Cities often grow organically. This is doubly true for Houston. With such lax zoning laws and recent infrastructure developments within the city, Houston is growing in a very particular direction. Today we are speaking with Pete Neubig, Regional Director for Mynd Property Management in Texas, about how Houston is growing and what factors are ultimately determining this growth.
Steve Rozenberg: Hey everyone, this is Steve with Mynd Property Management. I am here in Houston, Texas with my good friend Pete Neubig, who is the Regional Director for Mynd Property Management for Texas.

So Pete, let’s talk a little bit about Houston. You and I both know Houston and the fact that we know it’s growing, but it kind of is growing in a certain direction, right? And that affects rental prices and prices of properties, right?

Energy Corridor is Moving Houston Northwest

Pete Neubig: Yeah. So back in the 50’s and 60’s when the city was really being developed, downtown Houston was the center point of Houston. But what’s happened in the last few decades, especially in the last 20 years, is that you’re starting to see that the city of Houston, the midpoint or the center is now being moved almost northwest. And there’s many factors. So, the big one is that a lot of the oil companies have moved out of downtown and out of those buildings and they moved into what’s called the oil corridor or the-

Steve Rozenberg: Energy corridor.

Pete Neubig: Energy corridor. Thank you. It’s called the energy corridor, which is literally west and a little bit north of town. So what’s happened is, because they employee so many people and then there’s so many businesses that feed off of those businesses, secondary businesses, a lot of businesses are being developed there. So now what happened was that now housing is being developed there and now they just finished Route 99. Right? And so by 99 connecting, now people can get to that area of town even more efficiently.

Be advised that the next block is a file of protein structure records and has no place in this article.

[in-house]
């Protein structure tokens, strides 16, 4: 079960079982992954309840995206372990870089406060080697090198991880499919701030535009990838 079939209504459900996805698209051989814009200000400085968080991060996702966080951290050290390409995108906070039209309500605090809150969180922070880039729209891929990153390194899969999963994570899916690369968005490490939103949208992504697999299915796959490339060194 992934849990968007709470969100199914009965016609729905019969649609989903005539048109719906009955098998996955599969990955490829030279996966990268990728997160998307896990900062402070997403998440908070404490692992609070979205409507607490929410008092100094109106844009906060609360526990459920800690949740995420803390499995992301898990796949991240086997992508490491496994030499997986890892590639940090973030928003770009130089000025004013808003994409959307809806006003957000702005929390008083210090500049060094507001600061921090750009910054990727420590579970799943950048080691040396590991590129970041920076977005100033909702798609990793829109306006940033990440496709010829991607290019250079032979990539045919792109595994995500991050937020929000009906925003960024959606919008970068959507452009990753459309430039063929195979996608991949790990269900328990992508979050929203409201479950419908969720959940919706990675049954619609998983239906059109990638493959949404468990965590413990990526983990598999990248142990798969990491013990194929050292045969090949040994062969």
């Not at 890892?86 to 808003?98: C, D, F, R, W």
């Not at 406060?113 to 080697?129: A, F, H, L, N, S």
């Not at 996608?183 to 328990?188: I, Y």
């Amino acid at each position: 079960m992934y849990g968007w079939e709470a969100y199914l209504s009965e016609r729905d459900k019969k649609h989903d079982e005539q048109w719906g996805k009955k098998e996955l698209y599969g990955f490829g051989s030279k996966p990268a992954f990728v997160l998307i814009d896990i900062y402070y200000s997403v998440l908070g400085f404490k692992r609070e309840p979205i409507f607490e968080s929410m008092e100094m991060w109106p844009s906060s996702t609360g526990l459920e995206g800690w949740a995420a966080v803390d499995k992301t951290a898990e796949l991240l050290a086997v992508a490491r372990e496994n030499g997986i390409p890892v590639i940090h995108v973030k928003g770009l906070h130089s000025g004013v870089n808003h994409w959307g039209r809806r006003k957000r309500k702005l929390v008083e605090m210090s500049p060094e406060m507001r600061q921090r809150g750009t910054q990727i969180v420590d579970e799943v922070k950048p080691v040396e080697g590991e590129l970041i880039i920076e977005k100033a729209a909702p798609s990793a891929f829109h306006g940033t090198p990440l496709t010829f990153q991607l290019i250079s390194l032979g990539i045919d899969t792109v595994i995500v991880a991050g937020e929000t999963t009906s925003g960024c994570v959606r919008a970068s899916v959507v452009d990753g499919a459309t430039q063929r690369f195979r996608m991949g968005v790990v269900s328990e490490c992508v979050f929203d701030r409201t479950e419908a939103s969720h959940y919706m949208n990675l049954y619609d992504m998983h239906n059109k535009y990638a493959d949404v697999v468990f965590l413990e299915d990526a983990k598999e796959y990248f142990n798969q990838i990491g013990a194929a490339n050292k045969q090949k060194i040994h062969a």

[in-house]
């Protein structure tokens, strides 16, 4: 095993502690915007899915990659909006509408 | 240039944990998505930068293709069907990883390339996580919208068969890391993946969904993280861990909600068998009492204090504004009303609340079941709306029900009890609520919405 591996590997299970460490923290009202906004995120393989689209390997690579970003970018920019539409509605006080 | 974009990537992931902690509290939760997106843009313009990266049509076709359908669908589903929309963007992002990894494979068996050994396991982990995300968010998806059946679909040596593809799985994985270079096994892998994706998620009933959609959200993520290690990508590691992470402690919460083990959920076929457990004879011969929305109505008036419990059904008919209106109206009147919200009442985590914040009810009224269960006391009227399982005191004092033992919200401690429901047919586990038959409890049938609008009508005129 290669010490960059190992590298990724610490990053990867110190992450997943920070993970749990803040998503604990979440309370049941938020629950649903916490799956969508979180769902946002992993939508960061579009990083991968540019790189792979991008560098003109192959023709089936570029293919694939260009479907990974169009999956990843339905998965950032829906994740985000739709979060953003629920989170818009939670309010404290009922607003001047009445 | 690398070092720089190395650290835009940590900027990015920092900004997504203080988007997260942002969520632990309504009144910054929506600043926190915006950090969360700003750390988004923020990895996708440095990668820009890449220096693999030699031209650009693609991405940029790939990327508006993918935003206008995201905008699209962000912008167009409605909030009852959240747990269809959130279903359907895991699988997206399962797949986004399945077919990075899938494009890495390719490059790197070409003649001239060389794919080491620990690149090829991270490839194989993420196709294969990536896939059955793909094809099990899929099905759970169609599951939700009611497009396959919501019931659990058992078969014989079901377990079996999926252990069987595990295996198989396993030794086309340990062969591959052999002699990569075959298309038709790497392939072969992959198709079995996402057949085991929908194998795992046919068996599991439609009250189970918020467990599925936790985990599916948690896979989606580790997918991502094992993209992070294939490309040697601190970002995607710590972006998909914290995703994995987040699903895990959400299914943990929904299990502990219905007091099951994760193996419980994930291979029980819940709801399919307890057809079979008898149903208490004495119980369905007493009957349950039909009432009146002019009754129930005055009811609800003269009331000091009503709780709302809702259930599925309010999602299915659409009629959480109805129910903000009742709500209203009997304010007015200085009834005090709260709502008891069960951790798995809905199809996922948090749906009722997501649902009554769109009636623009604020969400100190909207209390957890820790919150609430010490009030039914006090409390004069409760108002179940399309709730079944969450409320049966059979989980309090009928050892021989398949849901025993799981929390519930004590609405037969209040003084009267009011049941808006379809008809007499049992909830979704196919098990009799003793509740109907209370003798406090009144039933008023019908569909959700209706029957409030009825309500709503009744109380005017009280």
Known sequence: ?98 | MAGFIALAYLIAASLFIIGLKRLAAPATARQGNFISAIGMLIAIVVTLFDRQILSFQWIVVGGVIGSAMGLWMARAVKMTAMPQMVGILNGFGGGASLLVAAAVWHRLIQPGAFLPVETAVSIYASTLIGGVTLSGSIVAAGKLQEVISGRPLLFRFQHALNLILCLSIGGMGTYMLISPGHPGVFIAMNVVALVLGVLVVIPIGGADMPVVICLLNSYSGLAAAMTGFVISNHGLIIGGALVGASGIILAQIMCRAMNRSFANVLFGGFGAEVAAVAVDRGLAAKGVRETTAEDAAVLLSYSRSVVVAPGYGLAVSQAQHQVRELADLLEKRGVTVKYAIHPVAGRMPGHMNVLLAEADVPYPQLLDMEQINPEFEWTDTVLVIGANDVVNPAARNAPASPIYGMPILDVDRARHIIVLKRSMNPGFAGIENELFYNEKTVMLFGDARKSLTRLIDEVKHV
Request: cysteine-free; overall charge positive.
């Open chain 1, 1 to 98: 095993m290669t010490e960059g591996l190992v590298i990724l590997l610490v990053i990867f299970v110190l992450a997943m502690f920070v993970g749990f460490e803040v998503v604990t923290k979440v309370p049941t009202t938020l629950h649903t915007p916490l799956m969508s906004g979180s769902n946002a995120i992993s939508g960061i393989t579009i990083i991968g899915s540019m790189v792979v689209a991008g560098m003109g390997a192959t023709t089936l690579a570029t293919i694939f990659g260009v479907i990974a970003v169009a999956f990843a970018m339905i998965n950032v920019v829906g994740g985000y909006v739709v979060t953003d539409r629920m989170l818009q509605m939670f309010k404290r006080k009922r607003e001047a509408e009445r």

Steve Rozenberg: Right. And so just so you understand, Houston is made up of, basically the freeway system is made up of loops, concentric circles. So there’s an inner loop, which is the 610, then it goes out, the outer loop is Beltway 8 and then the newest is 99.

And what Pete’s talking about is, the energy corridor goes from downtown Houston westbound to Katy. Now what’s happening is this energy corridor basically loops around the whole Northwest of Houston and that is where we’re seeing a lot of growth surging because it’s now available to get to.

Pete Neubig: Correct. And because there was a lot of available land, builders, instead of buying one plot, they can buy tracks of land and can build communities out there.

And that’s exactly what’s happening. So you’re seeing Katy has exploded, Cypress has exploded and now they’re actually going past Katy and Cypress. Places that used to be called the country are now called suburbs.

Steve Rozenberg: Yeah. Because now they’re accessible and you’re seeing that people are able to get lower prices. You’re seeing families want to move out there. Because Houston is such a transient city, you’re seeing a lot of people come in, they want to rent because maybe they’re relocating with their company, so they’re looking for rentals in these outer areas, which now are accessible and the prices are lower for now. It will go up, obviously.